Antiviral Resistance of Influenza Viruses
Since October 1, 2014, a total of 2,011 influenza viruses have been tested for resistance to influenza neuraminidase inhibitor antiviral medications, and the vast majority of circulating influenza viruses have been susceptible to these medications. Among the influenza A (H3N2) viruses, 1,762 were tested for oseltamivir or zanamivir resistance and 1,128 were tested for peramivir resistance, and none were resistant. Among 32 influenza A (H1N1)pdm09 viruses tested for resistance to oseltamivir or peramivir, one (3%) was found to be resistant, and of the 28 viruses tested for resistance to zanamivir, none were found to be resistant. None of the 217 influenza B viruses tested were resistant to oseltamivir, zanamivir, or peramivir. High levels of resistance to the adamantanes (amantadine and rimantadine) persist among influenza A (H1N1)pdm09 and influenza A (H3N2) viruses.
Outpatient Illness Surveillance
Since September 28, 2014, the weekly percentage of outpatient visits for influenza-like illness (ILI)§ reported by approximately 1,800 U.S. Outpatient ILI Surveillance Network (ILINet) providers in 50 states, New York City, Chicago, the U.S. Virgin Islands, Puerto Rico, and the District of Columbia that comprise ILINet, has ranged from 1.2% to 6.0%. From the week ending November 22, 2014 (week 47) to February 21, 2015 (week 7), the percentage equaled or exceeded the national baseline¶ of 2.0% for 14 consecutive weeks (Figure 2). During the 2001–02 through 2013–14 seasons, peak weekly percentages of outpatient visits for ILI ranged from 2.4% to 7.7% and remained above baseline levels for an average of 13 weeks (range = 1–19 weeks). For the week ending February 21, 2015 (week 7), all 10 U.S. Department of Health and Human Services regions** continued to report ILI activity at or above region-specific baseline levels.
Data collected in ILINet are used to produce a measure of ILI activity†† by jurisdiction. During the week ending February 21, 2015 (week 7), 11 states and Puerto Rico experienced high ILI activity (Arkansas, Connecticut, Kansas, Louisiana, Mississippi, New Jersey, New York, North Carolina, Oklahoma, Texas, and West Virginia), three states experienced moderate ILI activity (Colorado, Idaho, and Nevada), 16 states experienced low ILI activity (Alabama, California, Georgia, Hawaii, Massachusetts, Minnesota, Missouri, Pennsylvania, Rhode Island, South Carolina, South Dakota, Tennessee, Utah, Vermont, Virginia, and Wyoming), and 20 states and New York City experienced minimal ILI activity (Alaska, Arizona, Delaware, Florida, Illinois, Indiana, Iowa, Kentucky, Maine, Maryland, Michigan, Montana, Nebraska, New Hampshire, New Mexico, North Dakota, Ohio, Oregon, Washington, and Wisconsin). As of February 21, 2015, the largest total number of jurisdictions experiencing high ILI activity in a single week occurred during the weeks ending December 27, 2014 (week 52) and January 24, 2015 (week 3), when a total of 31 states and Puerto Rico experienced high ILI activity. A total of 45 jurisdictions have experienced high ILI activity at least 1 week this season. The peak number of jurisdictions experiencing high ILI activity in a single week during the last five influenza seasons has ranged from four during the 2011–12 season to 44 during the 2009–10 season.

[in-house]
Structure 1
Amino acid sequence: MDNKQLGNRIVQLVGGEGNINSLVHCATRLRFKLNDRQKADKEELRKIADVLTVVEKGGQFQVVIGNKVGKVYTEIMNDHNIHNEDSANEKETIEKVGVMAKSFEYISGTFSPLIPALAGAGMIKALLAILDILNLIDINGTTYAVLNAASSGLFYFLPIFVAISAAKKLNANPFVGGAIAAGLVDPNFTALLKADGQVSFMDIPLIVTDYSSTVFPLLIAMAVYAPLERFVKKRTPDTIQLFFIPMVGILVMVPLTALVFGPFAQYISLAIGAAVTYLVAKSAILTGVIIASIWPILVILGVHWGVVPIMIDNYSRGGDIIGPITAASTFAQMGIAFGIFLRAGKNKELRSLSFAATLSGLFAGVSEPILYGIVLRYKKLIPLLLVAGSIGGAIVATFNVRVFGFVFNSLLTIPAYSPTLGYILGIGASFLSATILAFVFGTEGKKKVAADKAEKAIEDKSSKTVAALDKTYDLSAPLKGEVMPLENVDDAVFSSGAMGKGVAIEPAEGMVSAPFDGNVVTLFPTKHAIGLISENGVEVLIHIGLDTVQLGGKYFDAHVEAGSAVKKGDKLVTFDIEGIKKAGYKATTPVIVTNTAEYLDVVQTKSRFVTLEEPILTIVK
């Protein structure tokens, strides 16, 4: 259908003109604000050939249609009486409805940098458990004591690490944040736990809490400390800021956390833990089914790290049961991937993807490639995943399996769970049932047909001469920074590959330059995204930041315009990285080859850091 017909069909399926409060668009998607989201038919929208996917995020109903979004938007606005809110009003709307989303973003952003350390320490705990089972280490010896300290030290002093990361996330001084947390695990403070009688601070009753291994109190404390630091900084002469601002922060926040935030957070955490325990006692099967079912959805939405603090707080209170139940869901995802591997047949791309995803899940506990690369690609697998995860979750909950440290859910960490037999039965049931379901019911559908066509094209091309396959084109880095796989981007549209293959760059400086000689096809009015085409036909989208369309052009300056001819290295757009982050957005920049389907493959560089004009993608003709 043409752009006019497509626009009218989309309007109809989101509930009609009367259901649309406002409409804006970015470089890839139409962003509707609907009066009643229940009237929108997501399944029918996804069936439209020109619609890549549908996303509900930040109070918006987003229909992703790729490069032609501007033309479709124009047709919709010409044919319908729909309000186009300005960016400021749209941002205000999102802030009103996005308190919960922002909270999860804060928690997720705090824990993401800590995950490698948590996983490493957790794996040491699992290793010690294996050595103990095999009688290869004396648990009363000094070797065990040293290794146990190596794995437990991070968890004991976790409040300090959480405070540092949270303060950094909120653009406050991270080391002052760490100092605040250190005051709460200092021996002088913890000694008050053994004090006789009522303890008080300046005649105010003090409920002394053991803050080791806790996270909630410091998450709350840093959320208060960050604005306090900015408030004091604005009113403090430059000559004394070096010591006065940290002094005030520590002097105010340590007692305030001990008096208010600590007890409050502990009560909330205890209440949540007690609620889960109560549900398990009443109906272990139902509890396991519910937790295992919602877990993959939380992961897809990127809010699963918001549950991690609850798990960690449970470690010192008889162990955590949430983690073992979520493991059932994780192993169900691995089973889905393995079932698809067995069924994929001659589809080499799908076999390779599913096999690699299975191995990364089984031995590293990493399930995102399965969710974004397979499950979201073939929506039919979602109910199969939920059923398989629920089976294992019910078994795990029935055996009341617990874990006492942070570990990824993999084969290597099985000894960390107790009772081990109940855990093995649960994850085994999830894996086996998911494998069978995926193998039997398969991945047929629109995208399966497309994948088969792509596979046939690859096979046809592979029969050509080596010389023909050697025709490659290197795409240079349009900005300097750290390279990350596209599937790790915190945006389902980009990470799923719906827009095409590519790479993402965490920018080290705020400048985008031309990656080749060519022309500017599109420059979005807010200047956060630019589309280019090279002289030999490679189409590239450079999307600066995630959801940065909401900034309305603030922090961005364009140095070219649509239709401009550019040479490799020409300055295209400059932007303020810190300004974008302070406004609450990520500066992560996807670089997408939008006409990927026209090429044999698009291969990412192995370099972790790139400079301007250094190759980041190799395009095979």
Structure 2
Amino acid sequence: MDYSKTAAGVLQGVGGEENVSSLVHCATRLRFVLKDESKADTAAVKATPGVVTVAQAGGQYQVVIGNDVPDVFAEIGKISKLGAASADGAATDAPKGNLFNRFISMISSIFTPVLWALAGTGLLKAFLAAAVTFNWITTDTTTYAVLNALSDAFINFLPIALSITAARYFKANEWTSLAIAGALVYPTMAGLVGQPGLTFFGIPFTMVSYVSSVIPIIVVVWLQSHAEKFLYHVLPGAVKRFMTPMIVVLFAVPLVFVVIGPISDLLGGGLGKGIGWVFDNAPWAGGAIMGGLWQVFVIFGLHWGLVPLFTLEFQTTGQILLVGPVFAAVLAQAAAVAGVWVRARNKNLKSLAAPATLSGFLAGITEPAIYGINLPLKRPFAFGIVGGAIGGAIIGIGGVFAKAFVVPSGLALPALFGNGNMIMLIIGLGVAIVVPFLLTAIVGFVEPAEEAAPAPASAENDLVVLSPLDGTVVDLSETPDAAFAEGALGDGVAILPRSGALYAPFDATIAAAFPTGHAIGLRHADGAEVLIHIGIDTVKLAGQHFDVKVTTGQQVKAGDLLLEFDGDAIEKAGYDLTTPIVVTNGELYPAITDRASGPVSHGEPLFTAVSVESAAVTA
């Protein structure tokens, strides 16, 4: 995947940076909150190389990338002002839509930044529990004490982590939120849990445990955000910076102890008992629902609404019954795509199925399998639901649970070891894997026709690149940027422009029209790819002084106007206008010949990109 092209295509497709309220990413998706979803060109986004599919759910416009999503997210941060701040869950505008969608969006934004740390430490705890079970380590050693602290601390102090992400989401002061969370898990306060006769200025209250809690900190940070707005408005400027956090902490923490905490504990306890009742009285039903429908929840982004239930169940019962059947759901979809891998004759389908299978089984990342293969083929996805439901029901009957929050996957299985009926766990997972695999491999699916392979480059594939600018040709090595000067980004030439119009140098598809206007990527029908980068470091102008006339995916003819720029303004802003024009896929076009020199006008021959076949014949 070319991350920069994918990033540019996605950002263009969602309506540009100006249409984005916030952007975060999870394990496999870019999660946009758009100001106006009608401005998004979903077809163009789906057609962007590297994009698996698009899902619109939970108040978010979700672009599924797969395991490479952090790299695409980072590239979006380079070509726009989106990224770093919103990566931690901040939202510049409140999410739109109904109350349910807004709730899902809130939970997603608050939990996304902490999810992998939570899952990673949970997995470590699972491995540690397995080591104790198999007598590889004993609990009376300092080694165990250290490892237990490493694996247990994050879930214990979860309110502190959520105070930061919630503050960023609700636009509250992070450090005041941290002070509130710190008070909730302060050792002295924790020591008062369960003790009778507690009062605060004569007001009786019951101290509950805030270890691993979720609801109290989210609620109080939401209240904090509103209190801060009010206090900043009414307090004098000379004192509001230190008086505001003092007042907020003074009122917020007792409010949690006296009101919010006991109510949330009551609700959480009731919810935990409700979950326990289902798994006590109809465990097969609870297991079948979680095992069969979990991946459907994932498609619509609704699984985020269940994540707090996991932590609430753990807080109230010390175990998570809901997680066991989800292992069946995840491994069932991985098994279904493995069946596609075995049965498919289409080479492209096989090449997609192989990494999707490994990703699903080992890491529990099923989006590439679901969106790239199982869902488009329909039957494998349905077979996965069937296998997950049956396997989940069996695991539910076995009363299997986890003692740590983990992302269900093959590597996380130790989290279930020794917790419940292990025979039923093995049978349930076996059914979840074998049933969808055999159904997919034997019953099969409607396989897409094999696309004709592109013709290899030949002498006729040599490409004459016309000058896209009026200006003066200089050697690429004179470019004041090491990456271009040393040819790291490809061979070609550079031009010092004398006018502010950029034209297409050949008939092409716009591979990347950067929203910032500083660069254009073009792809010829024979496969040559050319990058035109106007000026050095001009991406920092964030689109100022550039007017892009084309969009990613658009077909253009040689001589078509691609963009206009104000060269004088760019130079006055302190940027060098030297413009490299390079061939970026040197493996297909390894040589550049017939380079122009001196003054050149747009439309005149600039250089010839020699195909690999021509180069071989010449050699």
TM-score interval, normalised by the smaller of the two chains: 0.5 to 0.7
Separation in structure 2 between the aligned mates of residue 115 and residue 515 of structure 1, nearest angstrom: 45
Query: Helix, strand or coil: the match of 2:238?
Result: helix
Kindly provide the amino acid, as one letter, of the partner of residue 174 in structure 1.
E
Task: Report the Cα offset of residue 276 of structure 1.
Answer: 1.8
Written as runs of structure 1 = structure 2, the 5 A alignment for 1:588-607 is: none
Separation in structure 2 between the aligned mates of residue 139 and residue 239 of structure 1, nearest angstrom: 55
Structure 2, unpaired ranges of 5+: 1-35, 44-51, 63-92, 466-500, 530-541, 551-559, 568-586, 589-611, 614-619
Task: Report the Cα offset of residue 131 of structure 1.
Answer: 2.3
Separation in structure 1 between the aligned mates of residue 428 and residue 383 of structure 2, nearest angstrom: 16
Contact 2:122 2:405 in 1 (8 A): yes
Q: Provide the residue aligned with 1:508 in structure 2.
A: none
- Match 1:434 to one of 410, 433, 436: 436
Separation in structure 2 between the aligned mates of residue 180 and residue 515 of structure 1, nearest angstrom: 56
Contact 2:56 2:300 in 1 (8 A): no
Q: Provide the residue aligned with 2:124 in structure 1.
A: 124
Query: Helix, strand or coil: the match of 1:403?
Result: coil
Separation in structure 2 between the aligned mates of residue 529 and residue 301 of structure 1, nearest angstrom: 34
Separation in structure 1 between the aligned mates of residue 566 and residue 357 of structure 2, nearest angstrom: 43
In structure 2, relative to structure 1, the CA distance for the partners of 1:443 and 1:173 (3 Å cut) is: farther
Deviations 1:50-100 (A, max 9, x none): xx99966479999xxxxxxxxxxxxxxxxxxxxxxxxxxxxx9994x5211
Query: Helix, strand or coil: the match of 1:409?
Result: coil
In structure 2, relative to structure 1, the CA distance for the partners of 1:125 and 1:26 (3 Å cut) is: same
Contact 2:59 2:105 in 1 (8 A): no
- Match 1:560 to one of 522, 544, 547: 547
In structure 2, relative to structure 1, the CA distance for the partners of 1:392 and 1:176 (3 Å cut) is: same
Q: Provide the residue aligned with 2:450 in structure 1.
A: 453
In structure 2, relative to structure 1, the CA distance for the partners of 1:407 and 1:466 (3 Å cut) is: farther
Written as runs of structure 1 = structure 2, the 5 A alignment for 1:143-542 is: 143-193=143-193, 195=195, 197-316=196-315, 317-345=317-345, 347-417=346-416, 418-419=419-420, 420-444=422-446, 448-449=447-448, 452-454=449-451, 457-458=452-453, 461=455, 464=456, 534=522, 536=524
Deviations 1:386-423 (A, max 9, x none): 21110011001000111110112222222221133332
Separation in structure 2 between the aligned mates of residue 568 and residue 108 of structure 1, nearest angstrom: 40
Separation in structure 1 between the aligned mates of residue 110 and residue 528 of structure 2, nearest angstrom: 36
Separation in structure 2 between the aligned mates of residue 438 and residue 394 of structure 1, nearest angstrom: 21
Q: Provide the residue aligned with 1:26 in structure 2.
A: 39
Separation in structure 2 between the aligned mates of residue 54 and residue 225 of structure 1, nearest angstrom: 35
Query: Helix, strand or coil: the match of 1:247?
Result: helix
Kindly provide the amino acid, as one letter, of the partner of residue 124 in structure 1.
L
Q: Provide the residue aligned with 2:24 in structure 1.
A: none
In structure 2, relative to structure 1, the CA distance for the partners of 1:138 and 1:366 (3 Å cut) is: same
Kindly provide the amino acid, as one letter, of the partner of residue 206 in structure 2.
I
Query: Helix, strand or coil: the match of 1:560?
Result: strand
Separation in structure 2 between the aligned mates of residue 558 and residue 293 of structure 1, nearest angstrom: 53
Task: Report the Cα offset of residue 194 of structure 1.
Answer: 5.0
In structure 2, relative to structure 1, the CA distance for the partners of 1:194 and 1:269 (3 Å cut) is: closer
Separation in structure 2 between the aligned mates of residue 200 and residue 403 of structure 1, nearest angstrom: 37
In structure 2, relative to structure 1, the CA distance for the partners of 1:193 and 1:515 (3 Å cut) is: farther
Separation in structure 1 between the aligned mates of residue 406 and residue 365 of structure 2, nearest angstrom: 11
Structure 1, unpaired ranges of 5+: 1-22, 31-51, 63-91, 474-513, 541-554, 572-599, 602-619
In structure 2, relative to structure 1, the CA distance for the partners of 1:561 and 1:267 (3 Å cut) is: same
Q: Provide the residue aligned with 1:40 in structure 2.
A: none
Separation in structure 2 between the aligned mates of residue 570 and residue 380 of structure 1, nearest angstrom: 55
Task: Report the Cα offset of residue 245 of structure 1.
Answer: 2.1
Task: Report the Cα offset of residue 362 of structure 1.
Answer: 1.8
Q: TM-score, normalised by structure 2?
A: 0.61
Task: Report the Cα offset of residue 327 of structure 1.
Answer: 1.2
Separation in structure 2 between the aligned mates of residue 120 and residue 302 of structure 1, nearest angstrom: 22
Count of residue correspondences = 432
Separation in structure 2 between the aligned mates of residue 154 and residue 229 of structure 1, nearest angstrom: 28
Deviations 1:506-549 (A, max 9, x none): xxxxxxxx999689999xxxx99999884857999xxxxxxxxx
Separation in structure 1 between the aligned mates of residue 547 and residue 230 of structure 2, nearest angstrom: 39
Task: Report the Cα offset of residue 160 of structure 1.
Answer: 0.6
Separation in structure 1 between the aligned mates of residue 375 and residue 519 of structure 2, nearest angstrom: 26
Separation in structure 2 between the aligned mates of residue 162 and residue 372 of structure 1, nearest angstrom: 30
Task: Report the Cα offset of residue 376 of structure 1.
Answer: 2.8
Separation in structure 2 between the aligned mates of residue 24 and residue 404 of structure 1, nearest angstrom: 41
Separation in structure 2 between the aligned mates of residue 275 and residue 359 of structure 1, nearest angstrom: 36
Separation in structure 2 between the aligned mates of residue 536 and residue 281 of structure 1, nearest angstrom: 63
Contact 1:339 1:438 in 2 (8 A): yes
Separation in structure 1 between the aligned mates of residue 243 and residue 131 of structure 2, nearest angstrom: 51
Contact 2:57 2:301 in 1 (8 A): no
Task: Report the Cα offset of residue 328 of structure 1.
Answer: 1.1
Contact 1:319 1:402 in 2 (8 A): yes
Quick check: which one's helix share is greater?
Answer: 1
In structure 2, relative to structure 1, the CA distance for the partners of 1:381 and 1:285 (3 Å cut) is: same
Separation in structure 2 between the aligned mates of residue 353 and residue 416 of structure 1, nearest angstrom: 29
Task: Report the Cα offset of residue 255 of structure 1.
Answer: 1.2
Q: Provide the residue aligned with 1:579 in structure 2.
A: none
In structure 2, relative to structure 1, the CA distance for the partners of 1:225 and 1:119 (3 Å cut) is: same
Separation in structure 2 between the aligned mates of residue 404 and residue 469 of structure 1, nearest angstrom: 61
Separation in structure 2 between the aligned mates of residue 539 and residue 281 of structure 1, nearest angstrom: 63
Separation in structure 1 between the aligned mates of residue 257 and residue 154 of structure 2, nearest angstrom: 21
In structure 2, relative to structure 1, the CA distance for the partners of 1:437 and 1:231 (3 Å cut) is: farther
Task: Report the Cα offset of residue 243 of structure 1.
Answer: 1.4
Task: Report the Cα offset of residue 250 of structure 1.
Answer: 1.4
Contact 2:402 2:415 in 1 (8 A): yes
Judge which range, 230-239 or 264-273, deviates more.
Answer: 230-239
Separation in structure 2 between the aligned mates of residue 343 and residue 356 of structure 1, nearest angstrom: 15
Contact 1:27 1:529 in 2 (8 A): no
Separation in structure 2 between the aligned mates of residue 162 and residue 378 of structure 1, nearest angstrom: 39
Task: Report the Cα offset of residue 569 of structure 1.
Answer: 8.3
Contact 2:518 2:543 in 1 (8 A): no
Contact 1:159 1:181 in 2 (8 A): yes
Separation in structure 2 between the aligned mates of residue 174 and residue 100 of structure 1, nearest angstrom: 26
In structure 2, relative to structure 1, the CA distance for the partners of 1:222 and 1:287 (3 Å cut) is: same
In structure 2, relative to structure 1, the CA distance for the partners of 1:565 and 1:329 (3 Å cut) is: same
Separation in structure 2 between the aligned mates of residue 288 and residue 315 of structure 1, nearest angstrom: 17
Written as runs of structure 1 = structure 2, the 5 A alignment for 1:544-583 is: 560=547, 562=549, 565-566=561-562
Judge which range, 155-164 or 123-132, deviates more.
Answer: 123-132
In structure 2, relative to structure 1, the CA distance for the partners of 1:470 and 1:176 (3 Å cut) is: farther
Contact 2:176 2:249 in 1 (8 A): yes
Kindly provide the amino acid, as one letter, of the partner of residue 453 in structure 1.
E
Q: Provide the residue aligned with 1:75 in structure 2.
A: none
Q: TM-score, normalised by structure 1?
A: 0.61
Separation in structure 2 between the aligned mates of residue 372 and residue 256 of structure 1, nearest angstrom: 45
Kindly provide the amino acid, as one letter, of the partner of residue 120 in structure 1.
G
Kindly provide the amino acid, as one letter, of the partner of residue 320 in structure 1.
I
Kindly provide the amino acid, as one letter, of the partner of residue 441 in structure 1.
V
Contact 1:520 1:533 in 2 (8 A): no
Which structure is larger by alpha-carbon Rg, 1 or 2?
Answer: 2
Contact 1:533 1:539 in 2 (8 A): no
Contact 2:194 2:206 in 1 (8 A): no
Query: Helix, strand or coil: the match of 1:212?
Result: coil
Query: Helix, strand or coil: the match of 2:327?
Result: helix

Geographic Spread of Influenza
For the week ending February 21, 2015 (week 7), the geographic spread of influenza§§ was reported as widespread in Guam and 20 states (Alabama, California, Connecticut, Delaware, Idaho, Indiana, Iowa, Maine, Maryland, Massachusetts, Mississippi, Montana, New Hampshire, New Jersey, New York, North Carolina, Oklahoma, Rhode Island, Vermont, and Virginia), regional in Puerto Rico, the U.S. Virgin Islands, and 25 states (Arizona, Arkansas, Florida, Georgia, Hawaii, Kansas, Kentucky, Louisiana, Michigan, Missouri, Nebraska, Nevada, New Mexico, North Dakota, Ohio, Oregon, Pennsylvania, South Carolina, Tennessee, Texas, Utah, Washington, West Virginia, Wisconsin, and Wyoming), and local in the District of Columbia and five states (Alaska, Colorado, Illinois, Minnesota, and South Dakota). As of February 21, 2015, the number of jurisdictions reporting influenza activity as widespread peaked during the weeks ending January 3, 2015 (week 53) and January 10, 2015 (week 1), when a total of 47 jurisdictions reported influenza activity as widespread. During the previous five seasons, the peak number of jurisdictions reporting widespread activity has ranged from 20 in the 2011–12 season to 49 in the 2010–11 season.